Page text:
Mattis Plans To Unleash An 'Annihilation Campaign' On ISIS

news
Photo via DoD

The noose is tightening around ISIS’s neck — and Secretary of Defense James Mattis has a plan to finish the job.


Speaking at the Pentagon on Friday, Mattis announced that President Donald Trump had ordered DoD officials to conduct an “accelerated operation” against ISIS, focused on “encircling” ISIS fighters in the strongholds, before executing major ground and air strikes against militant targets, Reuters reports.

"[Trump] directed a tactical shift, from shoving ISIS out of safe locations in an attrition fight, to surrounding the enemy in their strongholds so we can annihilate ISIS," Mattis told reporters Friday.

The shift in tactics has reportedly accelerated ISIS’s decline by “leaving the beleaguered fighters with no avenue of escape,” preventing dispersed ISIS forces from simply regrouping elsewhere in the region for a renewed campaign against the U.S.-led coalition, the Washington Examiner reported.

"The foreign fighters are the strategic threat should they return home to Tunis, to Kuala Lumpur, to Paris, to Detroit. Wherever," Mattis said. "By taking the time to deconflict, to surround and then attack, we carry out the annihilation campaign so we don't simply transplant this problem from one location to another."

Mattis’ announcement comes amid news that the ISIS fighters, who have endured a months-long siege in the strategically important Iraqi city of Mosul, are reportedly on “the brink of defeat,” as Operation Inherent Resolve spokesman and U.S. Air Force Colonel John Dorrian put it during a news conference in Baghdad.

It’s not yet clear how this change will affect the size and scope of U.S. troop deployments to Iraq and Syria.

Shortly after Mattis said that U.S. government would continue to support Iraqi security forces, the Army announced plans to deploy 250 soldiers from the III Corps Headquarters at Fort Hood to Iraq and Kuwait as part of OIR.

Mattis said that he had yet to make a recommendation to Trump regarding U.S. troop levels in Afghanistan, but would consult with Trump on the matter “soon.”

In May, DoD officials announced their intent to request Trump order the deployment of between 3,000 and 5,000 more combat troops to Afghanistan to help break the “stalemate” with Taliban forces.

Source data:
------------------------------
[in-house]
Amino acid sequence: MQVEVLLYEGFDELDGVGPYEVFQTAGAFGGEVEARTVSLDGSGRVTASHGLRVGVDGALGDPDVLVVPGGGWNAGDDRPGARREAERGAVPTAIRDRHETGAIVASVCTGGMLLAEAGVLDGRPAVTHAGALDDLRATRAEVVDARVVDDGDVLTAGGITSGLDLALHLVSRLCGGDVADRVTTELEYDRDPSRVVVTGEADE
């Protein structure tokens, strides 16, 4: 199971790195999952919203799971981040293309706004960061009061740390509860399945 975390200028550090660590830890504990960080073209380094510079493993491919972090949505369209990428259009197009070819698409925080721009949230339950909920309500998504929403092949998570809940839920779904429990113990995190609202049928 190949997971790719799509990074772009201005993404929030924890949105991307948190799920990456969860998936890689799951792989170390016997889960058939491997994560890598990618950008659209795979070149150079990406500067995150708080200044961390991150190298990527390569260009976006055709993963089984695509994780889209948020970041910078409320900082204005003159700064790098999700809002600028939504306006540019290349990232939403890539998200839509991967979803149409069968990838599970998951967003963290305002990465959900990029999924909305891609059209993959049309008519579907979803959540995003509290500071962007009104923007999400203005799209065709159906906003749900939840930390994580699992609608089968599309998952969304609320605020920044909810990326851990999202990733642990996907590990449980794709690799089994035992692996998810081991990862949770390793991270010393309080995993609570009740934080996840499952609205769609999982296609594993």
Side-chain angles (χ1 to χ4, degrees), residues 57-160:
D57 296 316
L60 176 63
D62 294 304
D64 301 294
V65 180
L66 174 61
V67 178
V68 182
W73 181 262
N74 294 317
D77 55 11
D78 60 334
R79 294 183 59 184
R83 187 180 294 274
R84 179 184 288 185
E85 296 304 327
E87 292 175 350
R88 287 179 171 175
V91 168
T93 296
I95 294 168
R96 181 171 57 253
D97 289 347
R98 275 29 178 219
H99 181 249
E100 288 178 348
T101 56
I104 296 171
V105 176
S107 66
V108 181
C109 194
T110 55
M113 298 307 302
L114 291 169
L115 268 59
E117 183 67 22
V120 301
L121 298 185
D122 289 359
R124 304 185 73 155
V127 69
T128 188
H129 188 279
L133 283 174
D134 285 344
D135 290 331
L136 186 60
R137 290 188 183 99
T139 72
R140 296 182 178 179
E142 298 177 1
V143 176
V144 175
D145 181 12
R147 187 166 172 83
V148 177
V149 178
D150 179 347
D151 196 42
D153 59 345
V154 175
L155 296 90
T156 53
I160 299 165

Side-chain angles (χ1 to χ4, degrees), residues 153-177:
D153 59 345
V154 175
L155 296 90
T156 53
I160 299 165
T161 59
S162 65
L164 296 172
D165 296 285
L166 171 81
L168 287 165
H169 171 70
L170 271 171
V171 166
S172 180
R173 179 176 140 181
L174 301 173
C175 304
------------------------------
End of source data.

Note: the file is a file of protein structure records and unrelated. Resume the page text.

The next week, the Washington Post reported that the White House’s decision on troop levels would depend on the number of NATO forces the organization plans on committing to the 16-year campaign in the country.

Speaking in Brussels on May 17, Joint Chiefs Chairman Gen. Joseph Dunford told reporters that NATO “will continue with a fairly modest contribution in the near term and that political leadership in the coming months will discuss the potential for NATO assuming a greater responsibility in Iraq.”

Every once in a while, we run across a photo in The Times-Picayune archives that's so striking that it begs a simple question: "What in the name of Momus Alexander Morgus is going on in this New Orleans photograph?" When we do, we've decided, we're going to share it — and to attempt to answer that question.

Read More Show Less
Members of the Syrian Democratic Forces control the monitor of their drone at their advanced position, during the fighting with Islamic State's fighters in Nazlat Shahada, a district of Raqqa. (Reuters/Zohra Bensemra)

MUSCAT (Reuters) - The United States should keep arming and aiding the Kurdish-led Syrian Democratic Forces (SDF) following the planned U.S. withdrawal from Syria, provided the group keeps up the pressure on Islamic State, a senior U.S. general told Reuters on Friday.

Read More Show Less

President Donald Trump claims the $6.1 billion from the Defense Department's budget that he will now spend on his border wall was not going to be used for anything "important."

Trump announced on Friday that he was declaring a national emergency, allowing him to tap into military funding to help pay for barriers along the U.S.-Mexico border.

Read More Show Less

Long before Tony Stark took a load of shrapnel to the chest in a distant war zone, science fiction legend Robert Heinlein gave America the most visceral description of powered armor for the warfighter of the future. Forget the spines of extra-lethal weaponry, the heads-up display, and even the augmented strength of an Iron Man suit — the real genius, Heinlein wrote in Starship Troopers, "is that you don't have to control the suit; you just wear it, like your clothes, like skin."

"Any sort of ship you have to learn to pilot; it takes a long time, a new full set of reflexes, a different and artificial way of thinking," explains Johnny Rico. "Spaceships are for acrobats who are also mathematicians. But a suit, you just wear."

First introduced in 2013, U.S. Special Operations Command's Tactical Assault Light Operator Suit (TALOS) purported to offer this capability as America's first stab at militarized powered armor. And while SOCOM initially promised a veritable Iron Man-style tactical armor by 2018, a Navy spokesman told Task & Purpose the much-hyped exoskeleton will likely never get off the launch pad.

"The prototype itself is not currently suitable for operation in a close combat environment," SOCOM spokesman Navy Lt. Phillip Chitty told Task & Purpose, adding that JATF-TALOS has no plans for an external demonstration this year. "There is still no intent to field the TALOS Mk 5 combat suit prototype."

Read More Show Less

D-Day veteran James McCue died a hero. About 500 strangers made sure of it.

"It's beautiful," Army Sgt. Pete Rooney said of the crowd that gathered in the cold and stood on the snow Thursday during McCue's burial. "I wish it happened for every veteran's funeral."

Read More Show Less